Commerce is among the most universal, and the most dangerous, of all human activities. Foreign exchange, in particular, has always been hedged round by taboos and special provisions designed to protect the hearth culture from alien hostilities and impurities. Yet the allure of exchange seems nearly always to triumph over the fear of danger: this fact gave shape to much of the history of intercultural contact in North America.
In 17th-century Europe, fears relating to foreign trade were embodied in the principles of the mercantilists, theorists of state power who jealously guarded the national wealth. Mercantilists wanted their kingdoms to be self-contained and impregnable as they competed with one another for control of valuable resources. These principles shaped the early period of state-sponsored colonization in England and France and drove both powers to seek wealth on the North American continent. Competitive, acquisitive, fearful of foreign power, Europeans entered into the search for exploitable resources in the Americas. They sought to fashion empires of commerce, understood as mercantilists would understand them. They regarded colonial commerce as a one-way flow of wealth, from the margins of empire to its center, and they believed fiercely in the importance of maintaining the integrity – the purity – of their respective colonial spheres.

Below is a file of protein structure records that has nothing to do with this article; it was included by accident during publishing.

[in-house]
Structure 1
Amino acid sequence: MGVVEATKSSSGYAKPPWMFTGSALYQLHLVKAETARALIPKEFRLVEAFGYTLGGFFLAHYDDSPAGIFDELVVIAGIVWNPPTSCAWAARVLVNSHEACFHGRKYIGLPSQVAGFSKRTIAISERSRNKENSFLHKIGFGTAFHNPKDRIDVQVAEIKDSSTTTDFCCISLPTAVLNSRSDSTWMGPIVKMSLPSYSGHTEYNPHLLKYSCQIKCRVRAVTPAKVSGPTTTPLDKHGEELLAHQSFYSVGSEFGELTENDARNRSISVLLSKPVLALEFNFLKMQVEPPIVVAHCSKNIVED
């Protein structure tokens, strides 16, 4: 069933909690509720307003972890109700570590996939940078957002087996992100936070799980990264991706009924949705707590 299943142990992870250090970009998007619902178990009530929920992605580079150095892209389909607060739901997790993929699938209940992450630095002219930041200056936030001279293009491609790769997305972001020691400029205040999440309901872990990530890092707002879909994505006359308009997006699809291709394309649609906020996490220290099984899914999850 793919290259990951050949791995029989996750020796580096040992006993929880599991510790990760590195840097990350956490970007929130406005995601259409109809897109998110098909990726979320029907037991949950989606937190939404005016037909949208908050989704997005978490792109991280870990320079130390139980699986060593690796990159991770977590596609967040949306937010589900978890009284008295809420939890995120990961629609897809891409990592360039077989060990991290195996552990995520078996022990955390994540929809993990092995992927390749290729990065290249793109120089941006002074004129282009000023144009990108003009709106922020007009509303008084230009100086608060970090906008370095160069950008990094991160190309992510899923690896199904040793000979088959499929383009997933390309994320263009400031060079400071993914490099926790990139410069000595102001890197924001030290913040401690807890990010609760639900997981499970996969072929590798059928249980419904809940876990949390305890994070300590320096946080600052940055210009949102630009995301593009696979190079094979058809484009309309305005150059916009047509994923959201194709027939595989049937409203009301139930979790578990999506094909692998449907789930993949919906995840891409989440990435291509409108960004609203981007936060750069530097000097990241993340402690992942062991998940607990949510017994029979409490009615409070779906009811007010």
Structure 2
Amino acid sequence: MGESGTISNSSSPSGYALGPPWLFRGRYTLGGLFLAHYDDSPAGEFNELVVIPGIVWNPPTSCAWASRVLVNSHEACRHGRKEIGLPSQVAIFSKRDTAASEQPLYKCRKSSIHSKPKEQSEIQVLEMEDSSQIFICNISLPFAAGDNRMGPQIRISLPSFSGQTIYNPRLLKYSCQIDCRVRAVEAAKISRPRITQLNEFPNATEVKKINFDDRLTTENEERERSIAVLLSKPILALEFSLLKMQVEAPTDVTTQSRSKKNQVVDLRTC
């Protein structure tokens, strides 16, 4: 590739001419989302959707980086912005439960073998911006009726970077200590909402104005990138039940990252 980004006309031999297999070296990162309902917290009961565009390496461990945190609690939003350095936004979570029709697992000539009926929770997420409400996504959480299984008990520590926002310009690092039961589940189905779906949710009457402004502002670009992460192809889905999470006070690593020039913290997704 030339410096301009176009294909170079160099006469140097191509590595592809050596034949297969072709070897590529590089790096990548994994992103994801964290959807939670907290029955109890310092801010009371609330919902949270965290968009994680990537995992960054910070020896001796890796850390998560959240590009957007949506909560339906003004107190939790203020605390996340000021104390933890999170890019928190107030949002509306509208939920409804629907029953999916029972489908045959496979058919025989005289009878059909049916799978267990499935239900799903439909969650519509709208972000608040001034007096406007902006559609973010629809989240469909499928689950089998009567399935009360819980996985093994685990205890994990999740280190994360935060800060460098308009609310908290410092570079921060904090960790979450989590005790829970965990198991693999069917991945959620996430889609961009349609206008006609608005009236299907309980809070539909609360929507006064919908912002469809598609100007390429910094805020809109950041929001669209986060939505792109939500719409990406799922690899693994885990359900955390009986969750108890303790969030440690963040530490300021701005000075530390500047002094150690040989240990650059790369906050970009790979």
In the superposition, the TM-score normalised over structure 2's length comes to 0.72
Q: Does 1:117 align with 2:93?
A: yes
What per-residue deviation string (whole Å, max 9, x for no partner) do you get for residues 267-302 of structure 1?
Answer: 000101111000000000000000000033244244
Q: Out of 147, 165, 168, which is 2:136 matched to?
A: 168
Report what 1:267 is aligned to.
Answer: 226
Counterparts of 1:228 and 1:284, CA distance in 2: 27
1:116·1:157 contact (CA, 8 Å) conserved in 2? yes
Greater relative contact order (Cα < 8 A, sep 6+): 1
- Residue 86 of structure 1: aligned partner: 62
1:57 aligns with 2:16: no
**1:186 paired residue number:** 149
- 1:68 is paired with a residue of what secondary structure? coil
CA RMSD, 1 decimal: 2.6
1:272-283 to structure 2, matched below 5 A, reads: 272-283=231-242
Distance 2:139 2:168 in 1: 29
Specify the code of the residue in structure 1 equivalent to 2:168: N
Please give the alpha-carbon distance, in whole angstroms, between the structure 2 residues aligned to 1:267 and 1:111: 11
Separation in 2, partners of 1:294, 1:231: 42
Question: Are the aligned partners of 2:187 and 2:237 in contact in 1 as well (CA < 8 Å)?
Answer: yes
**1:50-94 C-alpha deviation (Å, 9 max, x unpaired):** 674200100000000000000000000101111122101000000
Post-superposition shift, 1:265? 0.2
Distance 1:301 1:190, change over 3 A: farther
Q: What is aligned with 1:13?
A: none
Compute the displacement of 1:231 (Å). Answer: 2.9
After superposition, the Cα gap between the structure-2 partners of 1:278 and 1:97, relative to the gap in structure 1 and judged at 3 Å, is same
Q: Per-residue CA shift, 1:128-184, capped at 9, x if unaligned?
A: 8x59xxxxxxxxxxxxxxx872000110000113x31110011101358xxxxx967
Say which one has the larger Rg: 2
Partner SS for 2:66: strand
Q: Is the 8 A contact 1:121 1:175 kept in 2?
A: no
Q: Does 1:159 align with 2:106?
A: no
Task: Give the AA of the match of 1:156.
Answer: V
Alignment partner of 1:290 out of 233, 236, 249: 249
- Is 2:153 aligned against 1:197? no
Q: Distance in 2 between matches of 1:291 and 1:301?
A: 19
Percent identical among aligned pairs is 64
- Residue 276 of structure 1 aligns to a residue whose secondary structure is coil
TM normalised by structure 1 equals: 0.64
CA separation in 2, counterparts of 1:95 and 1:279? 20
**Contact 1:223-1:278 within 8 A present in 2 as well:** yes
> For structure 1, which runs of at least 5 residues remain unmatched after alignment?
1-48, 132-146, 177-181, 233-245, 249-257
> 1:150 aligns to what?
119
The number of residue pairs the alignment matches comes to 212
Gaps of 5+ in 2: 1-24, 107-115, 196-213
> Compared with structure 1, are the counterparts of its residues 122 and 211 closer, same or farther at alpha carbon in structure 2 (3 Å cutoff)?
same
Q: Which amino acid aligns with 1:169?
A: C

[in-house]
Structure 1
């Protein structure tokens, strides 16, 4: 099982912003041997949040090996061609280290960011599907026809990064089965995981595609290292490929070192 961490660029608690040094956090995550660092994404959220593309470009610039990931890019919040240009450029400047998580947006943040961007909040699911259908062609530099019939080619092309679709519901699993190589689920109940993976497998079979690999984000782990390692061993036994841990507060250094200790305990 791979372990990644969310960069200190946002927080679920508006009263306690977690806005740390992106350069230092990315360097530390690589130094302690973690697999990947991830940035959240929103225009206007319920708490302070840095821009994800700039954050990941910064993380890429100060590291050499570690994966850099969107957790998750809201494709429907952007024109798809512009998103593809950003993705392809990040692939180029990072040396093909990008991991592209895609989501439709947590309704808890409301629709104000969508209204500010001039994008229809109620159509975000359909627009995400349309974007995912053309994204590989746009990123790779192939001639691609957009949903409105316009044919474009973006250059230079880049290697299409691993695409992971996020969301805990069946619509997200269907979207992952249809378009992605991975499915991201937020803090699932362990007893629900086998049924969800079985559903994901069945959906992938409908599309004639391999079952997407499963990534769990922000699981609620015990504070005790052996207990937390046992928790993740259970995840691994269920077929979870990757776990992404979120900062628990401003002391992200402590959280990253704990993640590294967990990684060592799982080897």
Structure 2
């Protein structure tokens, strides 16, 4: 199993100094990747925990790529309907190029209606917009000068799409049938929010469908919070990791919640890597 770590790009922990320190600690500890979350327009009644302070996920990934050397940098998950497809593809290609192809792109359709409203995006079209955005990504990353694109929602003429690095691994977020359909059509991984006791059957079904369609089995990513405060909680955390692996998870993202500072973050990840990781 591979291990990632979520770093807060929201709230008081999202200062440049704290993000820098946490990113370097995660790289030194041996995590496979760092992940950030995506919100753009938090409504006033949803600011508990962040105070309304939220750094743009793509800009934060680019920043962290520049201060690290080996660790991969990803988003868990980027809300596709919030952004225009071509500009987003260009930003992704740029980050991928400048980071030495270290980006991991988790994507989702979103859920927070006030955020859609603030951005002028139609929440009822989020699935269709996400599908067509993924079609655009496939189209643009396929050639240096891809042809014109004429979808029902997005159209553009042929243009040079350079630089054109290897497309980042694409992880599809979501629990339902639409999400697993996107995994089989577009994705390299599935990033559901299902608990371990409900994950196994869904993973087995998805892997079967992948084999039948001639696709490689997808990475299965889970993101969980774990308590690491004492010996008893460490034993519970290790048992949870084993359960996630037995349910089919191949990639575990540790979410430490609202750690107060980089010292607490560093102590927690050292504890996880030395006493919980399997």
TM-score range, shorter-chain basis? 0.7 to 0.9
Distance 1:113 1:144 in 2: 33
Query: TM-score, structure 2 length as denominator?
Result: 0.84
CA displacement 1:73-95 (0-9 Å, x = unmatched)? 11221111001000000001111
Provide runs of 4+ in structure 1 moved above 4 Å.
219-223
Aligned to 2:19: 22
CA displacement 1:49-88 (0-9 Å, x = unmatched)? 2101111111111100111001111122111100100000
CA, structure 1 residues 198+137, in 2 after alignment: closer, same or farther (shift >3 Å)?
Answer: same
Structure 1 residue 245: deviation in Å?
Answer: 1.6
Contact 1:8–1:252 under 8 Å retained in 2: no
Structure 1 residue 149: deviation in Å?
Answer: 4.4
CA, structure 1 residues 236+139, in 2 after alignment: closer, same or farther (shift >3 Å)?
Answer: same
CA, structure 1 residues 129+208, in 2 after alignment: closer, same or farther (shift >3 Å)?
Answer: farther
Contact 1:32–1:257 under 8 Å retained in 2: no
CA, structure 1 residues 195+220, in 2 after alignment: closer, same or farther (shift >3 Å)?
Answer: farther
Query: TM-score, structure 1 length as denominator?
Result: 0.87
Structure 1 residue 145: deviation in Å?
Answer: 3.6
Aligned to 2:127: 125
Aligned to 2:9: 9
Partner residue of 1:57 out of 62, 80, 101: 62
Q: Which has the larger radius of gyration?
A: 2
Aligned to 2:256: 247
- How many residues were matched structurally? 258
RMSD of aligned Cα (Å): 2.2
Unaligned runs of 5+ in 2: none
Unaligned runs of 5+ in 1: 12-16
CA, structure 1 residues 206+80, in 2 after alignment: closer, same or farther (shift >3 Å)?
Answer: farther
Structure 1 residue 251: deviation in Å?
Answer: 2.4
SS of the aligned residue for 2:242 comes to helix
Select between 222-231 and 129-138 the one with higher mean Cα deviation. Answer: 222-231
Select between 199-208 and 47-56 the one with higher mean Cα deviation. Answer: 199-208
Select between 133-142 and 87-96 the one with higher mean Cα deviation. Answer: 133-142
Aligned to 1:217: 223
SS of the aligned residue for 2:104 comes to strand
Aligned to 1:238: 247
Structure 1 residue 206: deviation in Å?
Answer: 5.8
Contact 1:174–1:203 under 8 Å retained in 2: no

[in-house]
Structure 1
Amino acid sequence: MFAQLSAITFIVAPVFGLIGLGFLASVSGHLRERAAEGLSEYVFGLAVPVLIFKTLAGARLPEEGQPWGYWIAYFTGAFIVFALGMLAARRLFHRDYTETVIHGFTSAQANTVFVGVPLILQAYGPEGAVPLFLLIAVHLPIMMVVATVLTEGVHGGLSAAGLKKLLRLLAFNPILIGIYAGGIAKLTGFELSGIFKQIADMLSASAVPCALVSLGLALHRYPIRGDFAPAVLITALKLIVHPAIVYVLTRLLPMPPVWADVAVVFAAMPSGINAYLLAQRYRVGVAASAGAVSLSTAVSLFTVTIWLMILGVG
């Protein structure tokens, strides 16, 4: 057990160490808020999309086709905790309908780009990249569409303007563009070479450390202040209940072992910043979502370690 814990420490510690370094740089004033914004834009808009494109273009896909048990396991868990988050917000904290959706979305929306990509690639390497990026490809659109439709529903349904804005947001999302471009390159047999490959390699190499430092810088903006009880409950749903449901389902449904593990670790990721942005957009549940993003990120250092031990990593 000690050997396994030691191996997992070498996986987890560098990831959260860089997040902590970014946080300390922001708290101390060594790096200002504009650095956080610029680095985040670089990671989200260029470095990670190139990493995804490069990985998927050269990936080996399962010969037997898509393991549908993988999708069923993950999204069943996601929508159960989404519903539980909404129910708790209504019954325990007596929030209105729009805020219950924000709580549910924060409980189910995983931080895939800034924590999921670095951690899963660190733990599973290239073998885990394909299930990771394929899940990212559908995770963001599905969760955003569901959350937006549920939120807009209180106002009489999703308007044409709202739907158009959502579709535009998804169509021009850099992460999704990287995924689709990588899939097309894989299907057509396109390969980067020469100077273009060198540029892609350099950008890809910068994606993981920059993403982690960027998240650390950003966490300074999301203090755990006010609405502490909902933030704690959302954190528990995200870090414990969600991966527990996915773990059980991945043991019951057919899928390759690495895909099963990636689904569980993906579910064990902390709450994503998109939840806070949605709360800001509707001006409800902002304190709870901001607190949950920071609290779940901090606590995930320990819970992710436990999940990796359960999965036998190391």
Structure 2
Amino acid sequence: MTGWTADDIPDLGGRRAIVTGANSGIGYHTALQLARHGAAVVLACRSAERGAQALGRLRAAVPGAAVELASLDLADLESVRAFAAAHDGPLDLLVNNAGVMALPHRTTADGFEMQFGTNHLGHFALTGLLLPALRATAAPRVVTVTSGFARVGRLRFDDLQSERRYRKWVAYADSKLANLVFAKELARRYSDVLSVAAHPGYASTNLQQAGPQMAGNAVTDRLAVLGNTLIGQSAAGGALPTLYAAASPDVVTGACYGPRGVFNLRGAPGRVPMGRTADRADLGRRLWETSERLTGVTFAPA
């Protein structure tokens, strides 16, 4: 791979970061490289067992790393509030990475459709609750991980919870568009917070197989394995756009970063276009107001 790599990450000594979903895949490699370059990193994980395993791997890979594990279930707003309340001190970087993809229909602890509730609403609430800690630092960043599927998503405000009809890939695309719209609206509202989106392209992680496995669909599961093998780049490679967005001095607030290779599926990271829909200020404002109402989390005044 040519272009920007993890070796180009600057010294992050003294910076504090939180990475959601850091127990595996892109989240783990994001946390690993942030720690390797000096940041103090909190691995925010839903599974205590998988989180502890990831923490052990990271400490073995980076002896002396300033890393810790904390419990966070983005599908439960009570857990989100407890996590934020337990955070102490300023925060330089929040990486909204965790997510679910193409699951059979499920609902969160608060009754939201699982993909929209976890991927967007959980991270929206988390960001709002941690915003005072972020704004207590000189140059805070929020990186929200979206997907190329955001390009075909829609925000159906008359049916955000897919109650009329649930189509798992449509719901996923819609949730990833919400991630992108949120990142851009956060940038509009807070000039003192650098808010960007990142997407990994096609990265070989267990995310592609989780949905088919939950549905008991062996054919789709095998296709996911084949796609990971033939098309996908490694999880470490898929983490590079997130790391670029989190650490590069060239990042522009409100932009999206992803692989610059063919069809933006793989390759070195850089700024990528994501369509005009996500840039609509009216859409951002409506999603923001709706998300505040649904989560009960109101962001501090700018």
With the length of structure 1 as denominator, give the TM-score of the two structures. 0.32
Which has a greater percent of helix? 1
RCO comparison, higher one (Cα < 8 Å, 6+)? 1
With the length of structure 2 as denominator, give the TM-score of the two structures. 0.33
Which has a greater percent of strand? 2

One source of colonial wealth was the trade for furs with Native American societies. In these exchanges the fears and desires of non-European cultures came into play as well.